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I have a large (≈ 20 million nodes) directed Graph with in-edges & out-edges. I want to figure out which parts of of the graph deserve the most attention. Often most of the graph is boring, or at least it is already well understood. The way I am defining "attention" is by the concept of "connectedness" i.e. How can i find the most connected node(s) in the graph?

In what follows, One can assume that nodes by themselves have no score, the edges have no weight & they are either connected or not.

This website suggest some pretty complicated procedures like n-dimensional space, Eigen Vectors, graph centrality concepts, pageRank etc. Is this problem that complex?

Can I not do a simple Breadth-First Traversal of the entire graph where at each node I figure out a way to find the number of in-edges. The node with most in-edges is the most important node in the graph. Am I missing something here?

  • A breadth-first search that counts the number of times it visits a node (before backing out and searching elsewhere) would probably be a simple solution, but would probably take a very long time to run. – FrustratedWithFormsDesigner Feb 3 '14 at 16:58
  • @FrustratedWithFormsDesigner long time? I would be traversing the entire graph once right? That would make it linear. Is there some sub-linear approach? How can one find "most" connected node without traversing the entire graph at least once? – Srikar Appalaraju Feb 3 '14 at 17:08
  • If you were starting from the scratch, you could maintain the in-bound edge count for each node as connections between nodes are created and destroyed. There's overhead in maintaining this data, but figuring out which node is most important should be very quick. – FrustratedWithFormsDesigner Feb 3 '14 at 17:13
  • @FrustratedWithFormsDesigner the main problem is given any random node in the graph, Whats the approach to find the number of in-edges for that node ? – Srikar Appalaraju Feb 3 '14 at 17:15
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    @SrikarAppal: He's taking a completely different approach based in geometry. The node with the most in-edges is near the "centre" of the graph, so his solution is to find the geometric centre of the graph. I admit, it's an interesting concept, though I haven't had time to finish reading it. – FrustratedWithFormsDesigner Feb 3 '14 at 18:17
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Not knowing the real problem your graph solves or the details of your graph, this may not be relevant. But, I suspect your basic solution will be inaccurate in two ways: tie-breaking and what I might call "megalomaniacs." In other words, if you're just counting inbound connections, you'll likely run into nodes with the "same" importance; but, I suspect the intention is that one should be more important. And, in some cases, you may have "islands" of nodes that are all highly interconnected amongst themselves, but loosely so with the majority, yielding nodes that appear much more important than they are (megalomaniacs).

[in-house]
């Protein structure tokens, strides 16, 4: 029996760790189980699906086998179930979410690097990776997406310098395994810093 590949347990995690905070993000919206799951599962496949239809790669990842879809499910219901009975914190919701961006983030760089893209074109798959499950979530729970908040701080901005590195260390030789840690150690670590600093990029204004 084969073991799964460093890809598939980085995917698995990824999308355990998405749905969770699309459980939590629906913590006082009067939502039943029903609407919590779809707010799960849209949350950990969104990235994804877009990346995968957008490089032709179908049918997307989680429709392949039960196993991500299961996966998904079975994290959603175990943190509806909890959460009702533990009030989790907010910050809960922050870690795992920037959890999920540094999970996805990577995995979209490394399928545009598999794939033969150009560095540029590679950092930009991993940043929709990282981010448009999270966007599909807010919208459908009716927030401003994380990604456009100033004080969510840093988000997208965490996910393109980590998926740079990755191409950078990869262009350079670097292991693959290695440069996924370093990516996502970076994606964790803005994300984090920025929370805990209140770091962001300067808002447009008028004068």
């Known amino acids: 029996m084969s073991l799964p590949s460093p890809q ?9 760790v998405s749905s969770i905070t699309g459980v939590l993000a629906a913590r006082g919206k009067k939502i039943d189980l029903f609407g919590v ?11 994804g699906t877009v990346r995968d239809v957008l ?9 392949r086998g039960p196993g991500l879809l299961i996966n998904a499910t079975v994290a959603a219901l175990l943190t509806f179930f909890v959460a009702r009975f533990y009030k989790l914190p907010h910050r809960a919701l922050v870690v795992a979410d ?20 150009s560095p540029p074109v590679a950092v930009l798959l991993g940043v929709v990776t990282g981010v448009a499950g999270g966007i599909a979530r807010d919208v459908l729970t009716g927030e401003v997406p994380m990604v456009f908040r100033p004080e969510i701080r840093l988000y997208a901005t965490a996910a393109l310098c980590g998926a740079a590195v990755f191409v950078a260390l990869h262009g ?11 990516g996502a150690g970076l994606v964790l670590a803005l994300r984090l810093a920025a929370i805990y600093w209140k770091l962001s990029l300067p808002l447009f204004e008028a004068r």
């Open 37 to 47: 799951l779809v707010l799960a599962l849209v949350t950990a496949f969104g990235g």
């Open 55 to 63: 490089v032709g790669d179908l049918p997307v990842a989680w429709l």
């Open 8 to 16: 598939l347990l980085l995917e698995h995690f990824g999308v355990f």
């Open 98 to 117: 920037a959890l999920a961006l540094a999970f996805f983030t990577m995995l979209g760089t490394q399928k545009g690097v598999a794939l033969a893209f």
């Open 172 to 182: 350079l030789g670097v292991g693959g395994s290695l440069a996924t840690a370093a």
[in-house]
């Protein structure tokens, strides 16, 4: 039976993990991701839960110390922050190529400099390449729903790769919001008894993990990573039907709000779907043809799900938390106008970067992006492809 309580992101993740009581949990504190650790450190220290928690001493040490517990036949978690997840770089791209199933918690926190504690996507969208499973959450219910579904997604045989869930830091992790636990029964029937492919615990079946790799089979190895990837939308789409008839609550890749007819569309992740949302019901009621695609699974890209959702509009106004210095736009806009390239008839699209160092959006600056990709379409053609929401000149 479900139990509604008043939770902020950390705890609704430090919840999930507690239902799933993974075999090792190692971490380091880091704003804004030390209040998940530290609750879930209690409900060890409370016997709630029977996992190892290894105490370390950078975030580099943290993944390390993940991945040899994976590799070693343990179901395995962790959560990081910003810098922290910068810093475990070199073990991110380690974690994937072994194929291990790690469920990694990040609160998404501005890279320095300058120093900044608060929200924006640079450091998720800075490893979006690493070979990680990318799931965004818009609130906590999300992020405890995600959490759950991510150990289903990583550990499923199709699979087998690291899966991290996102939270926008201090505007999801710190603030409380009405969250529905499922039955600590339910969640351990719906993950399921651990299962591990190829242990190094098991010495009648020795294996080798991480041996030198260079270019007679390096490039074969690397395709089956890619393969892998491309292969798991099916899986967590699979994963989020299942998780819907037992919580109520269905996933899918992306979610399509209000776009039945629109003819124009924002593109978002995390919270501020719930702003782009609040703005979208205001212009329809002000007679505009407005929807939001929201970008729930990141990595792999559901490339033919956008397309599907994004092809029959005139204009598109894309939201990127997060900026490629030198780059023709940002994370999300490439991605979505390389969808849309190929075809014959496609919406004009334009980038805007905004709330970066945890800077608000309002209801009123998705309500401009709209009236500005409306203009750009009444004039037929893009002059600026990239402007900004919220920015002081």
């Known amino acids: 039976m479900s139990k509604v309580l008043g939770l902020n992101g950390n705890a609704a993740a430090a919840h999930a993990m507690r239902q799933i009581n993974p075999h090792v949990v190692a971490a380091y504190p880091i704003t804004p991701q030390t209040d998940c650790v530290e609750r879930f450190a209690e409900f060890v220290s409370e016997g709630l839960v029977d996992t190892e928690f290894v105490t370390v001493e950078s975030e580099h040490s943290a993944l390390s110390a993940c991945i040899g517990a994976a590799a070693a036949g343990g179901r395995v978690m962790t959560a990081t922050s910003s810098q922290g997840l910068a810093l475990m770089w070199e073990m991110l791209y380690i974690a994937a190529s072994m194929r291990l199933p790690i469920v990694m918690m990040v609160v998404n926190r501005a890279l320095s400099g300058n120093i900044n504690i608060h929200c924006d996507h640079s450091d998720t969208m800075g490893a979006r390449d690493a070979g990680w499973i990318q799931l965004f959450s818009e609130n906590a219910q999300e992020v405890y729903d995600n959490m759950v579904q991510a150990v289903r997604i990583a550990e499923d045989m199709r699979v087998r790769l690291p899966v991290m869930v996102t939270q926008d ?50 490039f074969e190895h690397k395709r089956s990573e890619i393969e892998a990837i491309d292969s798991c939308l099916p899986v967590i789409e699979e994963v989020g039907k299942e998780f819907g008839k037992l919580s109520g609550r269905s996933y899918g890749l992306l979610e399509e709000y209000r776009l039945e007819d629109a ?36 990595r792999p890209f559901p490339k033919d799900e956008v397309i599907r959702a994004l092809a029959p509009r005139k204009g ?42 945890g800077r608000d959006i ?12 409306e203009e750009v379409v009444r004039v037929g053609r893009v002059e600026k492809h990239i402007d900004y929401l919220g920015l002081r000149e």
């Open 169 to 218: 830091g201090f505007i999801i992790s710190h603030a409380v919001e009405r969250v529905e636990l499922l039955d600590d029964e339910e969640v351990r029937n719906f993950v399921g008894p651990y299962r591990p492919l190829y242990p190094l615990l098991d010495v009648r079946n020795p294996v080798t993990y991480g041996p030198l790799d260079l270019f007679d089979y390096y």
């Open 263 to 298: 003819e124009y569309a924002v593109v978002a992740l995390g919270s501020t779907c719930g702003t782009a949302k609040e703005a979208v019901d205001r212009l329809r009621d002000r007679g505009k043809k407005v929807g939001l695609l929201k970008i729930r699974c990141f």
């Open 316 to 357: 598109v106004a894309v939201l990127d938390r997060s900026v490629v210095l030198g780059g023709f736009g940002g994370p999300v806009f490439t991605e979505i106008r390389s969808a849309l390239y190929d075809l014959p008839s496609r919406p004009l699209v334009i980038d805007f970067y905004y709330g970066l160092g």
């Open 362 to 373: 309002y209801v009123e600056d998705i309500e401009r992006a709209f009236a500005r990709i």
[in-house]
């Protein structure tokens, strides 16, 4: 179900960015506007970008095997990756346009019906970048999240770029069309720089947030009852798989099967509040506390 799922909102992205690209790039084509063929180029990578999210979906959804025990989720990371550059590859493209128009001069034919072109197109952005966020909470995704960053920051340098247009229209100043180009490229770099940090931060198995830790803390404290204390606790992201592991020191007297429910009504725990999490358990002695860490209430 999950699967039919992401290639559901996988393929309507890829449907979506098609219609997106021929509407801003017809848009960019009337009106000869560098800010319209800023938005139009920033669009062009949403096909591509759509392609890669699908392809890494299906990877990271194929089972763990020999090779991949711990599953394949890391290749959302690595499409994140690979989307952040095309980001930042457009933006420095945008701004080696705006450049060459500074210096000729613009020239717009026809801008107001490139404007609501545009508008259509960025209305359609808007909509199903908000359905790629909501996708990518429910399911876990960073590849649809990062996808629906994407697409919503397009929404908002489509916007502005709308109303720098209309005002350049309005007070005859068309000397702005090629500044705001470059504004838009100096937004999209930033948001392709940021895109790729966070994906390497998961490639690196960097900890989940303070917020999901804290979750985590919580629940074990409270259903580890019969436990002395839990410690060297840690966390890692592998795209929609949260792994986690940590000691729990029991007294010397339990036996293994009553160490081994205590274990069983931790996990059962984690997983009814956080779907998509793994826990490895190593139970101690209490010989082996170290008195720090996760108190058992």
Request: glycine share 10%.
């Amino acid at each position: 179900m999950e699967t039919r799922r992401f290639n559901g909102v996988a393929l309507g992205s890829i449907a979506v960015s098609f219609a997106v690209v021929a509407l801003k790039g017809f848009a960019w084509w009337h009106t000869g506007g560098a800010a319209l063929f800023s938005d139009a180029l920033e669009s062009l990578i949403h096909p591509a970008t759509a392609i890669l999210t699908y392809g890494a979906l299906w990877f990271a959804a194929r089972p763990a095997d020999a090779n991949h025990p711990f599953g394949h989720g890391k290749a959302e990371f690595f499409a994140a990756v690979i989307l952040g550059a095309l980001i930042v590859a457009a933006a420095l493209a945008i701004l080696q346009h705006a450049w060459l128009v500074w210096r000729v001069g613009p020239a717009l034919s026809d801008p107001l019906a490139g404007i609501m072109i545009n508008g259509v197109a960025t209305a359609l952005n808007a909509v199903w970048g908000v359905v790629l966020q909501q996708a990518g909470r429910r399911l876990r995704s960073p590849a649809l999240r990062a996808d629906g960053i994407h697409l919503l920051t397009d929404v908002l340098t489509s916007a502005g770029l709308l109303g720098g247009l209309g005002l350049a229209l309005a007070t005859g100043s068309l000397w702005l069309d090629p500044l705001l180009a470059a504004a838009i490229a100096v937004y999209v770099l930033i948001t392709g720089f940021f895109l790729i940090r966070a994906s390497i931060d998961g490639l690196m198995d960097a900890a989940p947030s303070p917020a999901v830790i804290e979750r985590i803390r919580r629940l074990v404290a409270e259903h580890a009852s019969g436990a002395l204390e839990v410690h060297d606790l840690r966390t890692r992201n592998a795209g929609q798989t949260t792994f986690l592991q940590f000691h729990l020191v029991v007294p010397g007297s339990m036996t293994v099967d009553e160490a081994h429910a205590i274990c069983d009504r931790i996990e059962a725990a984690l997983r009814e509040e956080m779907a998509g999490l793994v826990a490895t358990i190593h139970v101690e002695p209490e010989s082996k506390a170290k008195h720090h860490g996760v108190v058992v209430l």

The solution? Well ... Something like pagerank, I imagine!

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I've found the following picture a good key for the difference between different measures (although undirected graphs are depicted, some apply to directed as well). Degree centrality [D] is straightforward: who has most in/out links. Eigenvector-centrality [C] captures the notion of indirect influence better. See Centrality on wikipedia for the definitions and details.

Undirected centrality measures

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I assume that you want to calculate only 1st-order connectedness (i.e. counting how many edges link directly to the node).

I'll further assume you already have a list of all nodes with some place to store node weights and a list of all edges.

You'll need:

  1. A list of all nodes, and a place to store the calculated weight for each node.
  2. A list of all edges. As you proposed, any full traversal technique (such as breadth- or depth-first) should work as long as the graph is connected (although you may need additional space to track the exploration status of each node).

The algorithm is simple: iterate over each edge, and increment the weights of the From and To nodes referenced to by that edge.

Interpretation of the results to find "interesting" nodes is going to depend on the data-set. For example, web pages may be interesting if they have a high ratio of incoming to outgoing edges, but a graph of airports and flights might just look at the total traffic.